Roundup: Votes on Syria and the question of Responsible Government

In the fallout of last Friday’s vote in the British Commons regarding military action in Syria, there are some very serious questions being asked about what it all means. In part, the concerns come from the nature of Responsible Government – if the House has not expressed support for the government’s foreign policy goals, which as a Crown Prerogative – then how can they continue to claim to have confidence in that government? How is foreign policy any different on a substantive level when it comes to the conduct of a government than a budget? Philippe Lagassé and Mark Jarvis debate the issue here, and I’m going to say that I’m on Lagassé’s side with this one – MPs can’t just deny the government the ability to exercise their prerogatives without also taking responsibility for it, meaning declaring non-confidence in the government. It’s not how Responsible Government works, and if they’re going to start changing the conventions of such a system of governance that works really quite well, then they need to think long and hard about the consequences of their actions. But that’s part of the problem – nobody wants to look at how actions affect the system as a whole, rather than simply patting themselves on the back for a nebulous and not wholly correct interpretation of what democracy means. And once people start tinkering with the parts without looking at the whole, then big problems start to happen, which we really should beware of.

Verizon says that they’re no longer interested in entering the Canadian market. Is it something we said? (Actually, apparently it’s because they’re completing a deal with Vodafone).

Leona Aglukkaq is on her way to Norway to talk about fighting short-term climate pollutants, like soot and methane. Canada bills itself as one of the largest contributors of money when it comes to combating these kinds of pollutants.

The Arctic deepwater port that Stephen Harper has been promising for years remains mired in a costly environmental clean-up by the company that previously leased the land, which they need to complete before National Defence can take possession of it. That the company has been dragging its feet and trying to convince DND that they really want the fuel tank farm is not helping matters any.

Oh dear – two of our warships are on the way back to port in Esquimalt after a collision during manoeuvres on the way to Hawaii for a training exercise. And yes, there will be a board of inquiry to figure out what happened.

The Cabinet has rejected the advice of the CD Howe institute that our ultra-low interest rates need to start rising in order to prevent long-term damage to the economy, as that advice is contrary to the views of “most economists.”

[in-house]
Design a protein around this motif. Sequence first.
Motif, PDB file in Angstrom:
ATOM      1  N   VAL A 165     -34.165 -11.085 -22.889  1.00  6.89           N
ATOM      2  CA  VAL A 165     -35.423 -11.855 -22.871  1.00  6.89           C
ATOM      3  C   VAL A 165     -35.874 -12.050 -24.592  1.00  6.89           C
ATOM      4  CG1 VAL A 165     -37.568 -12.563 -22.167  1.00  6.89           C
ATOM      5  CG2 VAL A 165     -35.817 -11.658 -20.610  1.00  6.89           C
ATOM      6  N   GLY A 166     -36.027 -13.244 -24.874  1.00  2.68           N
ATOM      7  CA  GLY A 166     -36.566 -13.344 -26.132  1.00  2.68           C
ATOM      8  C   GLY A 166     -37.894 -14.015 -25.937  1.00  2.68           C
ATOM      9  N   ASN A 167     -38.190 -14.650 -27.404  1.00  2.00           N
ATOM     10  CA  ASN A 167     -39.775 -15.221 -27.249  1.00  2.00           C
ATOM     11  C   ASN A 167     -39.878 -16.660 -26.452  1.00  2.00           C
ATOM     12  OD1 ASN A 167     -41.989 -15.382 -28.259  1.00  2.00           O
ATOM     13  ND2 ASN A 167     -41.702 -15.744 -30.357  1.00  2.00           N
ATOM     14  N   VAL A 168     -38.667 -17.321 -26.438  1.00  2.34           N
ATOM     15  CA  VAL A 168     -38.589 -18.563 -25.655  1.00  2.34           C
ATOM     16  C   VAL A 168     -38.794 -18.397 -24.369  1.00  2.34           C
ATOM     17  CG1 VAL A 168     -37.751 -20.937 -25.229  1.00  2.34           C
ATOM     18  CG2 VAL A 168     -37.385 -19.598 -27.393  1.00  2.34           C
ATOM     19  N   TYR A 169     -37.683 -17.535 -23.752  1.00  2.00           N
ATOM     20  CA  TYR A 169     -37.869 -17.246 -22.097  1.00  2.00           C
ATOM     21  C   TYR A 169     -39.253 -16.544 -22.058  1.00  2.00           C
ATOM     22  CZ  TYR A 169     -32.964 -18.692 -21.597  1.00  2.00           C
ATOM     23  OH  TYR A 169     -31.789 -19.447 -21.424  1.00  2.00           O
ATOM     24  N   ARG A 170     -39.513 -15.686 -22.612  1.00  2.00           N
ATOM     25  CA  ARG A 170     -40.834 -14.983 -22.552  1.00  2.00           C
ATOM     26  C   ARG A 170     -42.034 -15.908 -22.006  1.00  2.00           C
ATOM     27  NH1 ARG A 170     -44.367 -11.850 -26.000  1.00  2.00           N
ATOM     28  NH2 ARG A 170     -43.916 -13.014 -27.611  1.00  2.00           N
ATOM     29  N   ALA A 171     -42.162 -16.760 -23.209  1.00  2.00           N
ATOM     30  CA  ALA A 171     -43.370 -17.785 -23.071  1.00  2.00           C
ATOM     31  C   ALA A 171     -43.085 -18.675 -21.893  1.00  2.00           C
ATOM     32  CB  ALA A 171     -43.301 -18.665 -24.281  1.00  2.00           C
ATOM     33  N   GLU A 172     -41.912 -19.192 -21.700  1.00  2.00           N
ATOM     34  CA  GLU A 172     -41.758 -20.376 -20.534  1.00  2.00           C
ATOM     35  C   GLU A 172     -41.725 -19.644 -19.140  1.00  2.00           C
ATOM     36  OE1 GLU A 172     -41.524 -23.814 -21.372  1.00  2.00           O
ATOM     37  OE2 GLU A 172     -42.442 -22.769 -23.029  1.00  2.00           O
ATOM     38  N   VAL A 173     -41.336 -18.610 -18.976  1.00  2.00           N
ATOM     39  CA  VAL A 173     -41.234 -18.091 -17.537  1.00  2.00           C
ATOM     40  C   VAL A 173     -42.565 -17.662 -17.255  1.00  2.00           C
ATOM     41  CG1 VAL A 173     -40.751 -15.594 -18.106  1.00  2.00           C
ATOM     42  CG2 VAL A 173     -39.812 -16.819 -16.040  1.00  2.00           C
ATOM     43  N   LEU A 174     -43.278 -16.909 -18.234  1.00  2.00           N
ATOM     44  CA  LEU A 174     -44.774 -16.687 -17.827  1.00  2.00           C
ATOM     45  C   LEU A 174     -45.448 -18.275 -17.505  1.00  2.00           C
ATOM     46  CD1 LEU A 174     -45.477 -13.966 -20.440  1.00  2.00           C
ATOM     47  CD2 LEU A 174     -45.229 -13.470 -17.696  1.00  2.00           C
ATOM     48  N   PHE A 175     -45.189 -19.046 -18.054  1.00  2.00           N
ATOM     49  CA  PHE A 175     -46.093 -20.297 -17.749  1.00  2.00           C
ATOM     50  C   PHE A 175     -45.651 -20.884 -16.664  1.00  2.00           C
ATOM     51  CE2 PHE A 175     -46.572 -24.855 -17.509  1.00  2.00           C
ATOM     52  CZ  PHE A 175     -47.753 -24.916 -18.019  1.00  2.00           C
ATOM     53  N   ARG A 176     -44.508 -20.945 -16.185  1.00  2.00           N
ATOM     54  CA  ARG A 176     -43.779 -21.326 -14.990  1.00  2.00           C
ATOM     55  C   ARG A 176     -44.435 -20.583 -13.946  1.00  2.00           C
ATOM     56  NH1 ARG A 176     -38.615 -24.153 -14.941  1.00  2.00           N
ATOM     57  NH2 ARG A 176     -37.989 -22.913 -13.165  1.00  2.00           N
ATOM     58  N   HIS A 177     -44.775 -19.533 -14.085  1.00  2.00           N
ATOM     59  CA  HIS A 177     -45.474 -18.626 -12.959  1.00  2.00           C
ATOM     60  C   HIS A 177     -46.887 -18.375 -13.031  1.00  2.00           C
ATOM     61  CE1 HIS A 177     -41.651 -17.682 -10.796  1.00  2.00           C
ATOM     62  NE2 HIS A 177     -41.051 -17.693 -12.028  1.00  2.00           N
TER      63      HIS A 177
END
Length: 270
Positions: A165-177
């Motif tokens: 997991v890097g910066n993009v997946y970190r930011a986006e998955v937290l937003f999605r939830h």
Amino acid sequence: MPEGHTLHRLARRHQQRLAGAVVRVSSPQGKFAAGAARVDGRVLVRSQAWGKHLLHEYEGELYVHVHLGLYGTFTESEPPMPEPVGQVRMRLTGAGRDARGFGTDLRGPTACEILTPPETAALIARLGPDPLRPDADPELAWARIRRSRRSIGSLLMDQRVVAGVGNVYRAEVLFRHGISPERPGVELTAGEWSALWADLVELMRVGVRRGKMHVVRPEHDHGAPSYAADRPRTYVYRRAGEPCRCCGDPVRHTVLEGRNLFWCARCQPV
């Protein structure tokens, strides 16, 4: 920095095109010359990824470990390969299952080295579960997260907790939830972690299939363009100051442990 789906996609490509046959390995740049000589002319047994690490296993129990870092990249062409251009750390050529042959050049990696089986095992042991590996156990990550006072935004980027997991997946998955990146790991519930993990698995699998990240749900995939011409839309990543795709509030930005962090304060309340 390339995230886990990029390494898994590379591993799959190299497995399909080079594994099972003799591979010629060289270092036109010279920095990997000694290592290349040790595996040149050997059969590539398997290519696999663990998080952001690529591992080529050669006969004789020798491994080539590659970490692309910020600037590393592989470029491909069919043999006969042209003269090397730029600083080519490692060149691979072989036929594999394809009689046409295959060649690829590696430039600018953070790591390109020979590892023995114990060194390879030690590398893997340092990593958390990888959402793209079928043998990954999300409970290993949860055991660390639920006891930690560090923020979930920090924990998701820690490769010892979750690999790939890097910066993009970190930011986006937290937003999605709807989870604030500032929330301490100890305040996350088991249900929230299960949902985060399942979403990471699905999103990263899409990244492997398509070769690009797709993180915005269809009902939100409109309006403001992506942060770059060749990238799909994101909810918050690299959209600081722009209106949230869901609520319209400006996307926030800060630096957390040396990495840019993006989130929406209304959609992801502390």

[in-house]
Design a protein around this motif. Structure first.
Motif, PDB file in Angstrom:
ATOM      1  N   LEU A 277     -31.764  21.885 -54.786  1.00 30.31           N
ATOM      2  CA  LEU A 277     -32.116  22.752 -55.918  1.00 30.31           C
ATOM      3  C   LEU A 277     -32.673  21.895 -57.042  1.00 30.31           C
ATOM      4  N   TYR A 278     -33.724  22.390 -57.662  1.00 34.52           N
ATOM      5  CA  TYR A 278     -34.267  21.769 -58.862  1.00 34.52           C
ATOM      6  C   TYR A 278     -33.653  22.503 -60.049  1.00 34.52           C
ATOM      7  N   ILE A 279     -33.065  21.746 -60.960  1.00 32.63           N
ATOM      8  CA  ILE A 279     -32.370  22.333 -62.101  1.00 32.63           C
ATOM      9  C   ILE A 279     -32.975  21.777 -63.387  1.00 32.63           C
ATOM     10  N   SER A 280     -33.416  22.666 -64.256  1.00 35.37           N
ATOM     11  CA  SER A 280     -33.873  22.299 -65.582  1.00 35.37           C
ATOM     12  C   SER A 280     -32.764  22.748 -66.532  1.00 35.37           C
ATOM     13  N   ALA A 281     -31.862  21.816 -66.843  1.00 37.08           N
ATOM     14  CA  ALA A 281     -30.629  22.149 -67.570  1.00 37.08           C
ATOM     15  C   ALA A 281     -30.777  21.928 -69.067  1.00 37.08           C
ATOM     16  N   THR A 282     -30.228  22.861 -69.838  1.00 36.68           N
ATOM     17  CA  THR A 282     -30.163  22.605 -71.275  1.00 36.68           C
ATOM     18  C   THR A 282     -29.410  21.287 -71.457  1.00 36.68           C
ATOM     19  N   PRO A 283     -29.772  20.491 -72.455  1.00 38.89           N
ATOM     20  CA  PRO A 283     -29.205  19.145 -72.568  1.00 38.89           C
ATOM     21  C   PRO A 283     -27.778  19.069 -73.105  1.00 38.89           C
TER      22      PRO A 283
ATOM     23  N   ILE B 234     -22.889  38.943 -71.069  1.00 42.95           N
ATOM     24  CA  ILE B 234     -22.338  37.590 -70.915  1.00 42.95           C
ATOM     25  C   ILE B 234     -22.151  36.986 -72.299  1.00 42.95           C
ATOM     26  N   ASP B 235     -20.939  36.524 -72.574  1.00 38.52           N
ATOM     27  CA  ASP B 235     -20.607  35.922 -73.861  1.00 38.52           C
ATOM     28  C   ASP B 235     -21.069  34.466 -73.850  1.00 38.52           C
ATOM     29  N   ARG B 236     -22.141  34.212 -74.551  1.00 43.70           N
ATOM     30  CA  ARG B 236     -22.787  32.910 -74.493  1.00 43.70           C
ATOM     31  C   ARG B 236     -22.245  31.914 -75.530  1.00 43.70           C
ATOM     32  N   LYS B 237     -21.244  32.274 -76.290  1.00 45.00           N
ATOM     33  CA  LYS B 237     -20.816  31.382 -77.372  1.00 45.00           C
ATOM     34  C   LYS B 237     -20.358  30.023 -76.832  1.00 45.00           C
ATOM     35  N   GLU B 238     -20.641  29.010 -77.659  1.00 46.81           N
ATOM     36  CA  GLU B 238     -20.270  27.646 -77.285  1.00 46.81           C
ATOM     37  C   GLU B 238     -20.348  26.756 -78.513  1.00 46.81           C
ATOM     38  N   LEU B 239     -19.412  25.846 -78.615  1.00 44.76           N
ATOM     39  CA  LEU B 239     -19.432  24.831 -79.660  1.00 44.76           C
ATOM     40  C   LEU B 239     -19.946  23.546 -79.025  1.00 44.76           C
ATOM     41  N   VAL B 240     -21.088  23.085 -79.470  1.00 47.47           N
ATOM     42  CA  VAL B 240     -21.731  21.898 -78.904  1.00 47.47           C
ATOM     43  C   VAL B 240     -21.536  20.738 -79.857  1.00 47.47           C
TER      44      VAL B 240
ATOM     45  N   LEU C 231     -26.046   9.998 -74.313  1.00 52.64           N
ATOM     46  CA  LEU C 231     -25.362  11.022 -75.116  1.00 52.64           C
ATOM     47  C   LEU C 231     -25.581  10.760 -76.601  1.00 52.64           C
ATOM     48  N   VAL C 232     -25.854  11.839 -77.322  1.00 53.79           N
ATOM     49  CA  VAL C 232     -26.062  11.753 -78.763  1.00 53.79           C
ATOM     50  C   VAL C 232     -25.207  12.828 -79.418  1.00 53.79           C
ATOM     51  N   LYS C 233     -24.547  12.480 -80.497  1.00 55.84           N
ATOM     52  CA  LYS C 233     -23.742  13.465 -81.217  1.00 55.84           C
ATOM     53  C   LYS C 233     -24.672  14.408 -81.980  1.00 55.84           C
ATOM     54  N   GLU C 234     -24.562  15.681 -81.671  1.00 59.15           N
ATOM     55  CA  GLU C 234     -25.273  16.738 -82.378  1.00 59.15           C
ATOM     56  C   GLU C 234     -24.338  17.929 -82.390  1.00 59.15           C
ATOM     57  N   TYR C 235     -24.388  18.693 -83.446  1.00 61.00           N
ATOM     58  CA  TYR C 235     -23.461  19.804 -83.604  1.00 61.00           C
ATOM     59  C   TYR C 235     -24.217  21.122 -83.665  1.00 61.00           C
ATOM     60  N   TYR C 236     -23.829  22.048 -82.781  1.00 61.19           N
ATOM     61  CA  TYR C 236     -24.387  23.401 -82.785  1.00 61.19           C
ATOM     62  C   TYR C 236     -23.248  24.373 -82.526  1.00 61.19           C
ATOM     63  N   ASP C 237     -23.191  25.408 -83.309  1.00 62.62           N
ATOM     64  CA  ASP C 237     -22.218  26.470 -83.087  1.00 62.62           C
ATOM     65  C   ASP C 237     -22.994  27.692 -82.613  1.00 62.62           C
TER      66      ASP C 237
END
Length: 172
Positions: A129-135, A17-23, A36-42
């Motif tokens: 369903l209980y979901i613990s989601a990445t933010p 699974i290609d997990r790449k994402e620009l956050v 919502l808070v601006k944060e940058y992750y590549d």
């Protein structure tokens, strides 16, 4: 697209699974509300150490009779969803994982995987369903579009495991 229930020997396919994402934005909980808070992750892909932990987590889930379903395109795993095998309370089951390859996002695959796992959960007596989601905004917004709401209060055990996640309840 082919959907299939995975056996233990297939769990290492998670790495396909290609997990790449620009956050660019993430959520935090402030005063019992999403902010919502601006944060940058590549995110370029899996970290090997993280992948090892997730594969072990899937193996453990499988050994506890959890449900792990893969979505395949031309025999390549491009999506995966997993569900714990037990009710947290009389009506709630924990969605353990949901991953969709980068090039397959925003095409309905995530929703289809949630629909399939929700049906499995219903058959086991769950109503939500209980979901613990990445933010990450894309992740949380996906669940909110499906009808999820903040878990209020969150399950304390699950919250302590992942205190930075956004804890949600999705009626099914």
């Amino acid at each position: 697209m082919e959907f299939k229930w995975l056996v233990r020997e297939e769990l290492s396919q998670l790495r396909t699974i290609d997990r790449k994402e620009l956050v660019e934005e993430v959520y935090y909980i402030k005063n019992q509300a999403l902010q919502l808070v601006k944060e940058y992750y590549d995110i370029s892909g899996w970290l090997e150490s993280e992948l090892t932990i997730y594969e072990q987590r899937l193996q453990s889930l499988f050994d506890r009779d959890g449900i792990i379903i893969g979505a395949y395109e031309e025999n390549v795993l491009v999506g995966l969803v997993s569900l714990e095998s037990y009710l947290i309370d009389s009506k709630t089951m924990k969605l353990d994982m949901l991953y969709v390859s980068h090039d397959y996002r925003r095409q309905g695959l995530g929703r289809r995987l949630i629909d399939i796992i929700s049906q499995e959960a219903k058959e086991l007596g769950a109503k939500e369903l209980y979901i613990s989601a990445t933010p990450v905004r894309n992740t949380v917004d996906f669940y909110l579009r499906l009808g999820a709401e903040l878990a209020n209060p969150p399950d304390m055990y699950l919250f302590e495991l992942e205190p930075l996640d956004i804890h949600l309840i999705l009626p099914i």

PCO is now seven years behind schedule in releasing 30 year-old cabinet documents to National Archives.

Conservative insiders say that Harper wants to put as much distance between himself and the Senate spending issue, and to let it “fester” in order to create a wedge issue out of it. Sigh.

There are questions as to what will happen to the special committee studying violence against Aboriginal women, given that it will cease to exist once Parliament prorogues, and will need to be reconstituted, but the government hasn’t made any assurances as of yet.

Manitoba and Ontario have committed to interim funding to keep the Experimental Lakes Area open. And no, the federal decision to end the funding doesn’t make for good math.

Because we are now into completely ridiculous territory on this story, an immigration lawyer says that Justin Trudeau’s admission of pot use makes him inadmissible to the States unless he gets a waiver. Seriously? Can we stop talking about this?

The Canadian Press compares wireless plans in Canada and the States, and finds that talk rates in Canada tend to be cheaper, but where the States wins out is with unlimited data plans, which don’t exist in Canada.

Also from The Canadian Press is a look at the growing “Free-Man-On-The-Land” movement, which is all legalish nonsense, and largely consists of angry young men in trouble with the law who spend the last of their money on fakes and charlatans offering them quick magical fixes. But hey, at least we haven’t declared them a domestic terrorist threat like they have in the States!

And Scott Feschuk reminds us of just how boring the whole “Trudeau smoked pot” story really is, among some of the other less exciting Canadian political news headlines from this summer.